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Kingman Daily Miner | Kingman, Arizona

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5/23/2013 6:00:00 AM
Despite ruling, lawsuit over mining presses forward

Suzanne Adams-Ockrassa
Miner Staff Reporter


KINGMAN - A federal judge will not reconsider his ruling that the U.S. Interior Department can ban new hard rock mining on federal land surrounding the Grand Canyon.

District 3 Supervisor Buster Johnson said the judge's refusal should have no bearing on the county's case against the federal government.

"Our case is still going ahead," he said.

Mohave County joined a civil suit filed by several mining companies against the federal government in 2012.

The companies sued after Secretary of the Interior Ken Salazar ordered that 1 million acres of federal land surrounding the Grand Canyon be closed to all new mining claims for the next 20 years. The area includes part of northern Mohave County, which has several deposits of high-grade uranium ore.

The mining companies claim that Salazar based his decision on a flawed environmental impact statement and that the Bureau of Land Management did not follow federal law when creating the statement.

The companies also claim that the Federal Land Policy and Management Act, which grants Salazar the authority to remove public land from use, is unconstitutional.

The law grants the secretary the authority to remove 5,000 acres or more of federal land from public use for up to 20 years without approval from Congress. The act also grants Congress the authority to veto the secretary's decision.

U.S. District Judge David Campbell agreed that the Congressional veto section of the law is unconstitutional. However, that part of the law could be easily separated from the rest of the law.

In their motion for reconsideration, the mining companies stated that Campbell misunderstood Congress' intent behind adding a legislative veto to the FLPMA.

"Plaintiffs have argued that 'strong evidence' exists supporting that Congress would not have enacted an executive large-tract (land) withdrawal authority without the attached legislative veto," the companies state in their motion.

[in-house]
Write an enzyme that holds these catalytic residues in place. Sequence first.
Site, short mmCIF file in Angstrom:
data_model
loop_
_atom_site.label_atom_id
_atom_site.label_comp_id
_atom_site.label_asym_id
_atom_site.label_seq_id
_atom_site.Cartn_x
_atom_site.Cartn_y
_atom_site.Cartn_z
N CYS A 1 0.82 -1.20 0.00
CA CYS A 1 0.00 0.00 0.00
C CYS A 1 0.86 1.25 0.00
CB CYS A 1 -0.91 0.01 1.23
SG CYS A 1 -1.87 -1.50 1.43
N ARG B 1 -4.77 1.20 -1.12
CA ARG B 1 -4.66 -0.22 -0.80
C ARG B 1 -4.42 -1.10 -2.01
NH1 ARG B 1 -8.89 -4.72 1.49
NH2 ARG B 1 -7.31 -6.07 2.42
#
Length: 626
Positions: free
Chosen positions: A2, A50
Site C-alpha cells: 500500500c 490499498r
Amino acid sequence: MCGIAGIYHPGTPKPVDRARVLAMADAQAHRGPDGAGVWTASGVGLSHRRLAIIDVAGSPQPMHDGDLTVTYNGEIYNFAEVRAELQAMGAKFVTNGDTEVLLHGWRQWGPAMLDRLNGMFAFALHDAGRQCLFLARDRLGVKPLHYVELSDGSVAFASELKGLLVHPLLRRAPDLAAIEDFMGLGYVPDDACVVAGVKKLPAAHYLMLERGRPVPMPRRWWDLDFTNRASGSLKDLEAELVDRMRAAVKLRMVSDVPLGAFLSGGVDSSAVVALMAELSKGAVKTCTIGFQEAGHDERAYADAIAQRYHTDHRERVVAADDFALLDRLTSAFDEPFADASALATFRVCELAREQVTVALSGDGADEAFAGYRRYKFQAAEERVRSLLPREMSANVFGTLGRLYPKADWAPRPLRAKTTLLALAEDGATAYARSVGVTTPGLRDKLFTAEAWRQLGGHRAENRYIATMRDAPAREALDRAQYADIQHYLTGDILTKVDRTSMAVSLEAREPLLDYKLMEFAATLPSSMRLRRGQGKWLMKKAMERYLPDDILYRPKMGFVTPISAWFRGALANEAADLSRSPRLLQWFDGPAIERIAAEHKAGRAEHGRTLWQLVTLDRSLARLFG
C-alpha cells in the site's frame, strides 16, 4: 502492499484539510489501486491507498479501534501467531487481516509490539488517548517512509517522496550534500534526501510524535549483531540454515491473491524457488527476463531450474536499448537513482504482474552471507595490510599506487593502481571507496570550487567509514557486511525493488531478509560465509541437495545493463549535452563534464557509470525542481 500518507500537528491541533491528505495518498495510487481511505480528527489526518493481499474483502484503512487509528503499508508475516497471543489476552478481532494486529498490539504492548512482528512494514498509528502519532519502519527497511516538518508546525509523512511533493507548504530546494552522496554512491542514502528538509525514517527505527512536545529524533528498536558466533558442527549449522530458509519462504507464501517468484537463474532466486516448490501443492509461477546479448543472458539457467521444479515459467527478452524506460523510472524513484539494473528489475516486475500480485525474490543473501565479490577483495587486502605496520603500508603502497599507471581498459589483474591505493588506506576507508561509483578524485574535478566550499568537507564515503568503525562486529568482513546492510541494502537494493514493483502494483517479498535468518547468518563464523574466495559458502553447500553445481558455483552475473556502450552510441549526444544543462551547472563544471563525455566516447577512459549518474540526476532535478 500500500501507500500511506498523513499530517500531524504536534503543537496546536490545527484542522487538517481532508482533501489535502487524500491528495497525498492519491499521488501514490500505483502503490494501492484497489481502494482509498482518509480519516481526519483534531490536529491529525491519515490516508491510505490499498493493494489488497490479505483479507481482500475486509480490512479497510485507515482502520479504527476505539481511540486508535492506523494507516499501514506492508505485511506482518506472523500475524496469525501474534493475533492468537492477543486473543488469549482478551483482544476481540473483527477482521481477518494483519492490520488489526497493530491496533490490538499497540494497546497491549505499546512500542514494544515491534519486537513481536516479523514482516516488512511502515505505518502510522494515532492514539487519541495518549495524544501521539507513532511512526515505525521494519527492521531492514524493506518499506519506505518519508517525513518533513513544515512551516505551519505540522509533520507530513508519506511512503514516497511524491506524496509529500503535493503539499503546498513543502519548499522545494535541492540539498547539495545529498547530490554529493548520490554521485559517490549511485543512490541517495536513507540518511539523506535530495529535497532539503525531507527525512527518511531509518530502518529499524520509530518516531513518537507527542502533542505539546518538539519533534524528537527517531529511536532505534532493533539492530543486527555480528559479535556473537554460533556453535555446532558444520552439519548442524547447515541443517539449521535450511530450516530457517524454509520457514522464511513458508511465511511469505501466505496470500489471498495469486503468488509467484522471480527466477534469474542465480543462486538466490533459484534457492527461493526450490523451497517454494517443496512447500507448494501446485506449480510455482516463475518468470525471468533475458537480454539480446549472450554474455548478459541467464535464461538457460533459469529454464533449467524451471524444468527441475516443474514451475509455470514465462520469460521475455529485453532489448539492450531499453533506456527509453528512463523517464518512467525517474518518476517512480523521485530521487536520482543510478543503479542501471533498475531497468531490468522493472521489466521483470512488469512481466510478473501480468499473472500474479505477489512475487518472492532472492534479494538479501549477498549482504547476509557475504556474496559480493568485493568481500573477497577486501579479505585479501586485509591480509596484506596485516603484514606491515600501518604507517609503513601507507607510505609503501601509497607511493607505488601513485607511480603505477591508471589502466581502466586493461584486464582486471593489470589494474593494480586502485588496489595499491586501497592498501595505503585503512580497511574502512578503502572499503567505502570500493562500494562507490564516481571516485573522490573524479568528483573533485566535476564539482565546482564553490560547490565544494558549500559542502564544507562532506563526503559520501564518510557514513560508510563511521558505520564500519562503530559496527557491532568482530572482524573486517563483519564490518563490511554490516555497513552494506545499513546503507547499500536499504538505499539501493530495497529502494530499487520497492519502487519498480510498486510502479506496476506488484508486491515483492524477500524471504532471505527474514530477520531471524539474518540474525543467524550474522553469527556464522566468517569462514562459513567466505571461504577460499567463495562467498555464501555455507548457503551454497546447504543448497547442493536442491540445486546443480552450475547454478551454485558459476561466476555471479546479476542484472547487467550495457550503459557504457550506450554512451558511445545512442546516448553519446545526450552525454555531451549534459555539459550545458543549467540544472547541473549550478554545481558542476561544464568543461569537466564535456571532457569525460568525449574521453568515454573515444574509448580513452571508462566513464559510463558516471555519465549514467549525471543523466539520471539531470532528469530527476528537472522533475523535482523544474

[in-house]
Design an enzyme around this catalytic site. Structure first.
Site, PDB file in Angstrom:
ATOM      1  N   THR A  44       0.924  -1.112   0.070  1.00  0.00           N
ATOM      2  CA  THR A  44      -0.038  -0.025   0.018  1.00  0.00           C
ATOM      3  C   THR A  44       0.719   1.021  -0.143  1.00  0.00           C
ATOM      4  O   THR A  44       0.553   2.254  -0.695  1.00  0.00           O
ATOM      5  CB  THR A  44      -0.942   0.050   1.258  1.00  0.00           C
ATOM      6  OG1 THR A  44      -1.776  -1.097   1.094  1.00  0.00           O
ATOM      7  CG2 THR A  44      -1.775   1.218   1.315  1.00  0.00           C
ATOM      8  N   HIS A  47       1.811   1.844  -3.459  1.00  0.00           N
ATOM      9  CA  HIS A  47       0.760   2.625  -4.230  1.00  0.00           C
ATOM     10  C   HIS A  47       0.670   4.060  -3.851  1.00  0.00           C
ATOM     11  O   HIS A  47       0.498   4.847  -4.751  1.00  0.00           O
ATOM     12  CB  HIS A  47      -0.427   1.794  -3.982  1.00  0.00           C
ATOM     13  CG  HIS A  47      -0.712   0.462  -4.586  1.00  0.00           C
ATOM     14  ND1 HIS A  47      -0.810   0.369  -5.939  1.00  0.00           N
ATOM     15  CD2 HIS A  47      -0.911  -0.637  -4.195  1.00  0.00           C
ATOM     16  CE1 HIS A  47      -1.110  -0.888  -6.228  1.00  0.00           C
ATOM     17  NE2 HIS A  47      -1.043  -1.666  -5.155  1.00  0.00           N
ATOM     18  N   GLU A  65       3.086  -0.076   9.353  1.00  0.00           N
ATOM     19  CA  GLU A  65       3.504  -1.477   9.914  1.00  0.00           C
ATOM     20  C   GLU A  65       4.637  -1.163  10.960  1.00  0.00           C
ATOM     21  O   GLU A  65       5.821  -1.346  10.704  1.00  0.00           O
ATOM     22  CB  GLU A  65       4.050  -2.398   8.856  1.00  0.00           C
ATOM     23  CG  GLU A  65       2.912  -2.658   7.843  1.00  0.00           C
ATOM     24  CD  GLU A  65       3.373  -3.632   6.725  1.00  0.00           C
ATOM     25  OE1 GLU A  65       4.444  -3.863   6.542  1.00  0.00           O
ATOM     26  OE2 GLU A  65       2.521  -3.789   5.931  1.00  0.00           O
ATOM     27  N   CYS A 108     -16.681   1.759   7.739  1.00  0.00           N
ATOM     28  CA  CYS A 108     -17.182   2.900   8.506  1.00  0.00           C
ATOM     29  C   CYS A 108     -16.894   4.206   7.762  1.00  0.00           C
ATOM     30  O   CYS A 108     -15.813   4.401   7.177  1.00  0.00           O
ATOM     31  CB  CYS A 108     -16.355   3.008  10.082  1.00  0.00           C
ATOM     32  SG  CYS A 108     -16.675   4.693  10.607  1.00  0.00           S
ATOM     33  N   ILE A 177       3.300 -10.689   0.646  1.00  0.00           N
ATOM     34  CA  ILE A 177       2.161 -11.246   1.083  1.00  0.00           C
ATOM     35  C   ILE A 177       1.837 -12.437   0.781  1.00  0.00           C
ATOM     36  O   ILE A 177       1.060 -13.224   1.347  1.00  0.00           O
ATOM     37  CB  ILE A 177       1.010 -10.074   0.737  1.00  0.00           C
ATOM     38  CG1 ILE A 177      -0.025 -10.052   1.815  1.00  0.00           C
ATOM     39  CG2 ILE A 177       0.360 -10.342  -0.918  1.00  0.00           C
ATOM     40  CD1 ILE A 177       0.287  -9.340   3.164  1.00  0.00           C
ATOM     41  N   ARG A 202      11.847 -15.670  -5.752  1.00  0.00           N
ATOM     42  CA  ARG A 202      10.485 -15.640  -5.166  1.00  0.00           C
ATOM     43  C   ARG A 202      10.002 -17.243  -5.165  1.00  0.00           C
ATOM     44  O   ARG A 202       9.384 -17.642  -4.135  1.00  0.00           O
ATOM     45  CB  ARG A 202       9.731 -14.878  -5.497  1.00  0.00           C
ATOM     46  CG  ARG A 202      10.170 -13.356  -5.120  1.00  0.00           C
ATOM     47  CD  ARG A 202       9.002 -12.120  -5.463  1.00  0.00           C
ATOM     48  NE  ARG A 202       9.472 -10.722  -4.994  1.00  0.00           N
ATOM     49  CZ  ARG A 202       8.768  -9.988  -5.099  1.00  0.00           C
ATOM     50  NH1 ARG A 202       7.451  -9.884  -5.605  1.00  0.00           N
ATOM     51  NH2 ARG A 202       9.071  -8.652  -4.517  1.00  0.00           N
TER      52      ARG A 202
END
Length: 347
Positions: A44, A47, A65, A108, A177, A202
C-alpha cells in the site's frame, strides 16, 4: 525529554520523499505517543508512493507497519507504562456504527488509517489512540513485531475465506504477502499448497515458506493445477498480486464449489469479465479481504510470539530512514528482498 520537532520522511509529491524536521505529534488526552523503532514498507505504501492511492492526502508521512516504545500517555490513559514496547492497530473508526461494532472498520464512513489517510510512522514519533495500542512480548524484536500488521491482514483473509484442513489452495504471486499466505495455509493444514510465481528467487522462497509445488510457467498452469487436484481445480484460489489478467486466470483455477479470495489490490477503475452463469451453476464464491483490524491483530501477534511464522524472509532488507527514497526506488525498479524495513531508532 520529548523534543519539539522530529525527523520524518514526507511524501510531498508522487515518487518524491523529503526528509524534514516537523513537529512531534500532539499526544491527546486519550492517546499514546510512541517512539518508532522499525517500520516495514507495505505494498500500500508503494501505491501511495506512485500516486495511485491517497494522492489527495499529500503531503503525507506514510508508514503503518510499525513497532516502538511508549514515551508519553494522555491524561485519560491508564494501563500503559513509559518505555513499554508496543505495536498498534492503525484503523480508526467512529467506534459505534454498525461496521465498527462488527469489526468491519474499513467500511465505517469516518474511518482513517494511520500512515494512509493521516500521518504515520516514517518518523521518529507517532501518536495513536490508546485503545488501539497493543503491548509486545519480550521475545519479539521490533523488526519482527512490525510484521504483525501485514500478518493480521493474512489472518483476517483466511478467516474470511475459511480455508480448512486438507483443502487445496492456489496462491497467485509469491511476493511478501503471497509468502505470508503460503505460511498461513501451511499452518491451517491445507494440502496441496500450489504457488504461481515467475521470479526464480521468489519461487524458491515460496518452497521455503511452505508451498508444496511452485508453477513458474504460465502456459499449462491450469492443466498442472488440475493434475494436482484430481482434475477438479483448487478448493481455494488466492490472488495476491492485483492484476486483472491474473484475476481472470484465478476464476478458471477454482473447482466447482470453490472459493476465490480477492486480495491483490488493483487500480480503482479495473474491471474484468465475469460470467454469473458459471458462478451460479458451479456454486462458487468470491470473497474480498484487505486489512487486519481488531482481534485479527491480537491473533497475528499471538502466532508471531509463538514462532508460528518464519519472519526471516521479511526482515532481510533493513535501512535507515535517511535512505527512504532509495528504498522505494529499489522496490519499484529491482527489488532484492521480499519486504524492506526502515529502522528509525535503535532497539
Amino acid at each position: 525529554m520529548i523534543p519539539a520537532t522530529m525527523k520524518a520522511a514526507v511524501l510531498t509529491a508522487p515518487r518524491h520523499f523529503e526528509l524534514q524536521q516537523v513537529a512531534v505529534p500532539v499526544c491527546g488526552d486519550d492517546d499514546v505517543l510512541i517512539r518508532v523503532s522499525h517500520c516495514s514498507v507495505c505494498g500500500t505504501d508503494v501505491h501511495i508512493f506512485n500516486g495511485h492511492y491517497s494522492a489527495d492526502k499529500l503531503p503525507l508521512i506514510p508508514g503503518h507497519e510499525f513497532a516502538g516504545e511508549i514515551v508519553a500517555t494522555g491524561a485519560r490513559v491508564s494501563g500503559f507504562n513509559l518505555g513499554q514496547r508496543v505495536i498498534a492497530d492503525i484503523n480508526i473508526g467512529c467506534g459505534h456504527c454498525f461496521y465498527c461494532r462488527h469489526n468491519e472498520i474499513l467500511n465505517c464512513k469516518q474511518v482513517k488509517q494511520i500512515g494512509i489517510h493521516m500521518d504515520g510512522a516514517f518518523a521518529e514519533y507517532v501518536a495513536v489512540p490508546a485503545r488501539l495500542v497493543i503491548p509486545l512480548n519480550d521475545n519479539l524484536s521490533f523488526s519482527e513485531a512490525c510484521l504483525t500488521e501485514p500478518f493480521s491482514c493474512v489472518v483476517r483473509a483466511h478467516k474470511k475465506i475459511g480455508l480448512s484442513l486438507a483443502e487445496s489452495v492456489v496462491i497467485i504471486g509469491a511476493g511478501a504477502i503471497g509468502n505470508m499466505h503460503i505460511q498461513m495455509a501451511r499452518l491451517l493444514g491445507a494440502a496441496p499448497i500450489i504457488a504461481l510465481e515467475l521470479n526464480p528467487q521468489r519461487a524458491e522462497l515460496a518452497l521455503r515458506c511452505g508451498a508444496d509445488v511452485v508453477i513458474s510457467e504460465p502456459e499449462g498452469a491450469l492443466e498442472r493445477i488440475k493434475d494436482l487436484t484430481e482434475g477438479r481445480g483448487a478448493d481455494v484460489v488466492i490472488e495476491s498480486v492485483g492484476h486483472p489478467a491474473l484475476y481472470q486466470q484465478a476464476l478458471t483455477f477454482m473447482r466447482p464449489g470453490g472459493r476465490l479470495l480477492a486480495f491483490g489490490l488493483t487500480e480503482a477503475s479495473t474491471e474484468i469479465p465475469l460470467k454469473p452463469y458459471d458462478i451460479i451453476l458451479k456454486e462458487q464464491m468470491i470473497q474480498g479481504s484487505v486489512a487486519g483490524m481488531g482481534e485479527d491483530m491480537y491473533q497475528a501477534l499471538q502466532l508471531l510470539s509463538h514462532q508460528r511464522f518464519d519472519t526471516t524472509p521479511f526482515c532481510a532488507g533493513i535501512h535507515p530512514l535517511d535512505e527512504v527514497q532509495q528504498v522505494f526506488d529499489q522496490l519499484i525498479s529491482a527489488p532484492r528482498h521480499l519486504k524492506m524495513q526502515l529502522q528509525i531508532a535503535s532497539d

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Reader Comments

Posted: Tuesday, May 28, 2013
Article comment by: Anson's Nephew

The best thing I have seen recently is that the although approval has been granted to a uranium mining company they will not be able to move the radioactive material because the mine site is completely surrounded by tribal lands and the Navajo’s will not – having learned the hard way about what these companies are – allow the material to travel across their land.

Go Navajo’s!


Posted: Friday, May 24, 2013
Article comment by: V Stokes

Thanks AN...don't remember that being in the KDM (no surprise) and I don't read the source you mentioned. That's why I qualified my statement.

Of course $20K is pretty much a drop in the bucket on the overall cost. And no info on how much has actually been spent... so....I guess my statement could still be true?


Posted: Friday, May 24, 2013
Article comment by: Anson's Nephew

Victor,

“Though I can't say for certain, odds are that the County is paying absolutely nothing in this suit.”

Yep, you “can’t say for certain.”

From the April 18, 2012 Havasu News Herald - “Mohave county has teamed with mining company Quaterra Alaksa, Ince and filed a lawsuit Monday in Federal court in an effort to reverse a 20-year closure of one million acres of land in Northern Mohave County. … It challenges the land closure … as unjustified when it comes to protecting the Grand Canyon watershed… During a general meeting March 12, the County of Board of Supervisors unanimously voted in favor of SPENDING AS MUCH AS $20,000 TO PARTCIPATE IN THE FILING…”.


Posted: Friday, May 24, 2013
Article comment by: The Fox Hound

This county gets far more money from the tourist that visit the Canyon than they do from mining companies, yet Buster and the good ole boys want to spend taxes defending mining interests. Seems a like the county has their priorities a little confused. Is this really how they think the taxpayers want them to spend our money or do they just don't care about we the people.

Posted: Thursday, May 23, 2013
Article comment by: V Stokes

@trained observer
Though I can't say for certain, odds are that the County is paying absolutely nothing in this suit. The mining companies just wanted the County onboard as a "voice of the people". I'll bet they even payed the travel expenses when Buster went to DC (wasn't it DC?).


Posted: Thursday, May 23, 2013
Article comment by: trained observer

Why does Buster Johnson feel it is necessary to spend the county's money to help out what is mostly foreign interests? Why can't they pay for their own frivolous lawsuits? And no, don't tell me how it will create jobs here. It will just hasten the destruction of the land and water in this state.



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